A Strange Braggart’s Incompetent Naval Career in the Heart of Africa
Geoffrey Spicer-Simson was a legend in his own mind
The self-proclaimed hero of a little-known episode of World War I was equal parts H. Rider Haggard, Fitzcarraldo and Monty Python. A superannuated Royal Navy commander who fought an absurd naval campaign on a lake in the middle of Africa.
English author Giles Foden recounted the bizarre story of Lt. Cmdr. Geoffrey Spicer-Simson in his 2006 nonfiction book Mimi and Toutou’s Big Adventure.
After hostilities began in August 1914 the European combatants quickly expanded the conflict into their remote colonies. Africa became a battlefield pitting Belgian and British troops against the Germans.
In 1914 Belgium controlled the mountains and vast forests of the Congo and ruled them with a heart of darkness. Britain claimed a gigantic swath of territory stretching for South Africa to Egypt and aimed to create a “Cape-to-Cairo” railway.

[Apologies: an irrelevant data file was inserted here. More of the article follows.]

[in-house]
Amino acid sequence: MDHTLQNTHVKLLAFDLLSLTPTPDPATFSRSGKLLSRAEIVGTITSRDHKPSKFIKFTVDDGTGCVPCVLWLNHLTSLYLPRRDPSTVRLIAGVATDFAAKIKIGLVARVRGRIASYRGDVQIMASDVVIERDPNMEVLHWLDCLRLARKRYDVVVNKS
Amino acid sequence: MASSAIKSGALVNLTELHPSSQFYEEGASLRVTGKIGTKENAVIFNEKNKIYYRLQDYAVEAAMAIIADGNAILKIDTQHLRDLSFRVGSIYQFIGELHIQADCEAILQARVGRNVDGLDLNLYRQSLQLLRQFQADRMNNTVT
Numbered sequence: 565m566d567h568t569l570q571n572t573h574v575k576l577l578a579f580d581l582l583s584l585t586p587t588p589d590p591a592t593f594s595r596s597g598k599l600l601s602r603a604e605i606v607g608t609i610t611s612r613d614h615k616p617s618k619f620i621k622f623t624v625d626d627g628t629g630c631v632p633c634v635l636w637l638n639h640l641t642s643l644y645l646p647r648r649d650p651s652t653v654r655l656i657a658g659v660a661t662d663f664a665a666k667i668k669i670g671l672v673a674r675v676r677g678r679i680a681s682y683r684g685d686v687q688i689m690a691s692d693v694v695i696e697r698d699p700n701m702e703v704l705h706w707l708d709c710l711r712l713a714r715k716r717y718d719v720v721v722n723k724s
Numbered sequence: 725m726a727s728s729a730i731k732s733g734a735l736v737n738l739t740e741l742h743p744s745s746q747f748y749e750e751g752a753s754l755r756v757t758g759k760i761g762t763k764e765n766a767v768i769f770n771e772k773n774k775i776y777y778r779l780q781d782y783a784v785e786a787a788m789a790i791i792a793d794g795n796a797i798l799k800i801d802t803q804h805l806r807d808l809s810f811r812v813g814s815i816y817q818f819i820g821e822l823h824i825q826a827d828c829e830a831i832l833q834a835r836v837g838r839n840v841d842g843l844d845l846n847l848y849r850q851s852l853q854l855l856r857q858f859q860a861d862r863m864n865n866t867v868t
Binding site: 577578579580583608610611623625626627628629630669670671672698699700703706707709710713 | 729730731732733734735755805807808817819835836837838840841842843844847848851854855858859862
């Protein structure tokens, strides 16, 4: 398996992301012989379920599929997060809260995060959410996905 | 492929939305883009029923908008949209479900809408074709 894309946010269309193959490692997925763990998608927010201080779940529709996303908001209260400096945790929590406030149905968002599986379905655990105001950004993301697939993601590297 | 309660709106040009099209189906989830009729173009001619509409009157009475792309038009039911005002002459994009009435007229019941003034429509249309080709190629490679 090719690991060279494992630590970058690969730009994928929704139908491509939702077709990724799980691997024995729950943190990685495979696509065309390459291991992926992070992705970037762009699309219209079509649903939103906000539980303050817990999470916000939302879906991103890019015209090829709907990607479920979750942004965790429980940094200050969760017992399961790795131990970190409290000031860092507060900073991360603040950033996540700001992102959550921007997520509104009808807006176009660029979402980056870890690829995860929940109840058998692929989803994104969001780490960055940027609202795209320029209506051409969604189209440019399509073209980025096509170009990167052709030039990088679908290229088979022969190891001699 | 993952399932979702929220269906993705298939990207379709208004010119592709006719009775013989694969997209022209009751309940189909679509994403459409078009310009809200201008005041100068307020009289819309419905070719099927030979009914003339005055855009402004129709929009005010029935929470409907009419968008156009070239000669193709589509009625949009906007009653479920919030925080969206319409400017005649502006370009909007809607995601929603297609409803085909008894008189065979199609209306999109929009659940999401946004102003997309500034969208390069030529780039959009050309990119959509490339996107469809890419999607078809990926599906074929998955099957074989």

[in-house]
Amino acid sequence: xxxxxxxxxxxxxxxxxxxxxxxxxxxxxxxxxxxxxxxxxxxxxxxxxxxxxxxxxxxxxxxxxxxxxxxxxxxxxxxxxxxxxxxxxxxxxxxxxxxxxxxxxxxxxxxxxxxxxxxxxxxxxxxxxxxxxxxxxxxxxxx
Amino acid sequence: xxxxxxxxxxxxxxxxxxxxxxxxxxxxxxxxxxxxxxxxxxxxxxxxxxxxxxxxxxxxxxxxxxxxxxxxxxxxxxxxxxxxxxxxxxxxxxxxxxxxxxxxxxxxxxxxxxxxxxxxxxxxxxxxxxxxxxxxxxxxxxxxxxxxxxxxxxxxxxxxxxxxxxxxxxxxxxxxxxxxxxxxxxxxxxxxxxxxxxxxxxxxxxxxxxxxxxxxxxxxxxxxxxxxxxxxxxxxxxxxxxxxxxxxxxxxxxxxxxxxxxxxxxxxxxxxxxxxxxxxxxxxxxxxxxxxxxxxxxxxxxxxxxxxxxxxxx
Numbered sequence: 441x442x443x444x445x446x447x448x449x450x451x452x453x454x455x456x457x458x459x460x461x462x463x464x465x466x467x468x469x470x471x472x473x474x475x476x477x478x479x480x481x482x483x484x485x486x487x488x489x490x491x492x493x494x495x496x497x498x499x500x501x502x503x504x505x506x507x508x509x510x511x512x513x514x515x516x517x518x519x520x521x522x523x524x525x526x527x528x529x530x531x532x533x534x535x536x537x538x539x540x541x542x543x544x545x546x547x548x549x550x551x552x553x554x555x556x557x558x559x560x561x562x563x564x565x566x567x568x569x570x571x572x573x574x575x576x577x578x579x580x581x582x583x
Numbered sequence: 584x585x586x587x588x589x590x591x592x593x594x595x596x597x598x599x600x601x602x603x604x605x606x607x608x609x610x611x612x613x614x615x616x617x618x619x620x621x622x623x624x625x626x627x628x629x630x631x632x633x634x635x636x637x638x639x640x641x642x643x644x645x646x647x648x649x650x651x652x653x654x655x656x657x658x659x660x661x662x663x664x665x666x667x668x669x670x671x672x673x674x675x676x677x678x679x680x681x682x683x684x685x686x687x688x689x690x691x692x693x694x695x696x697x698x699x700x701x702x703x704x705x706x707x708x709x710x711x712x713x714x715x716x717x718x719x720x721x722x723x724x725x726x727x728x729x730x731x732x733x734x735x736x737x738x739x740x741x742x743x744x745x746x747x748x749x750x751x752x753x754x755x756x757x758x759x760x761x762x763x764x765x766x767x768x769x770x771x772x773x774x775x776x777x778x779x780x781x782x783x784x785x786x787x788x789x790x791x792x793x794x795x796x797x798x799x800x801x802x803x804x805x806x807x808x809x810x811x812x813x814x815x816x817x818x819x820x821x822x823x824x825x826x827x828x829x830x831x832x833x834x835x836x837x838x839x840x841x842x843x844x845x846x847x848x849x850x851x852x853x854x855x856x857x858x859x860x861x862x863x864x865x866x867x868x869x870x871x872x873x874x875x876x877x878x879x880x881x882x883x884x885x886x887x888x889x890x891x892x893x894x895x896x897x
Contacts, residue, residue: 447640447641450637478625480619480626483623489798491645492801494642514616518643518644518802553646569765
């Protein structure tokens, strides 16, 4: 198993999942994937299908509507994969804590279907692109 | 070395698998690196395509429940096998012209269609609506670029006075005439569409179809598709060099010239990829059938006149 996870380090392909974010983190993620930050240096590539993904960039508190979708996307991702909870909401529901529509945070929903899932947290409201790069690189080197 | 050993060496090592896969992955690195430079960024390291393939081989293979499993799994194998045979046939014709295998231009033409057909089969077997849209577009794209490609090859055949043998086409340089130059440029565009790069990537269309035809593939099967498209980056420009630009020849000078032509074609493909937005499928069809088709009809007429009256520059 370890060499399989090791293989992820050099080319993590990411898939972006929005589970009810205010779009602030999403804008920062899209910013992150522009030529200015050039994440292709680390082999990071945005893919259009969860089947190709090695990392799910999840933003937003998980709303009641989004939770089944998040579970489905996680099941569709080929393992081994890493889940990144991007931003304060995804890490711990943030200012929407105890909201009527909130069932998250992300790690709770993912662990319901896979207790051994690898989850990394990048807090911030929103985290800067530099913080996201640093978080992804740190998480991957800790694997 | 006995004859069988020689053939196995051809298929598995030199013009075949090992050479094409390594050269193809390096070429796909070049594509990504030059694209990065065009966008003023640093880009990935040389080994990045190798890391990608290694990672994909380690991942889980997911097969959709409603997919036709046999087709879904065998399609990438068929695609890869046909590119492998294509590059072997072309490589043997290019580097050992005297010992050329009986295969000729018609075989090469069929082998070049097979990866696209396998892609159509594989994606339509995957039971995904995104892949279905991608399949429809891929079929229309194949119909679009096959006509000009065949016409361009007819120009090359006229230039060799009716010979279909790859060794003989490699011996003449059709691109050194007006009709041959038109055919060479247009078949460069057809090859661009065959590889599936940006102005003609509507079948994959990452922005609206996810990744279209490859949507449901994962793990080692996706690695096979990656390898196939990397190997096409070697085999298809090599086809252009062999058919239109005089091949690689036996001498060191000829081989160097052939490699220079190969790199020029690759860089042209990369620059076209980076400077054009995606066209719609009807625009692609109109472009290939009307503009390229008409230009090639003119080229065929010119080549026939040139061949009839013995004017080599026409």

Seeking its own place in the sun, Germany governed a huge chunk of East Africa and augmented the unique riches of the region with a cotton empire that rivalled the American South.
Separating the Belgian Congo from German East Africa, Lake Tanganiyka stretched more than 400 miles from what is now Zimbabwe nearly to Kenya. A mile deep and vast enough to experience tides, Tanganiyka is the world’s second largest freshwater lake.
The Belgians planned to use their 90-ton steamer Alexandre de Commun to carry the war across the lake to the German colony, but within days of the war’s start the German gunboat Hedwig von Wissman shelled and damaged her, leaving Germany in control of the vast inland sea.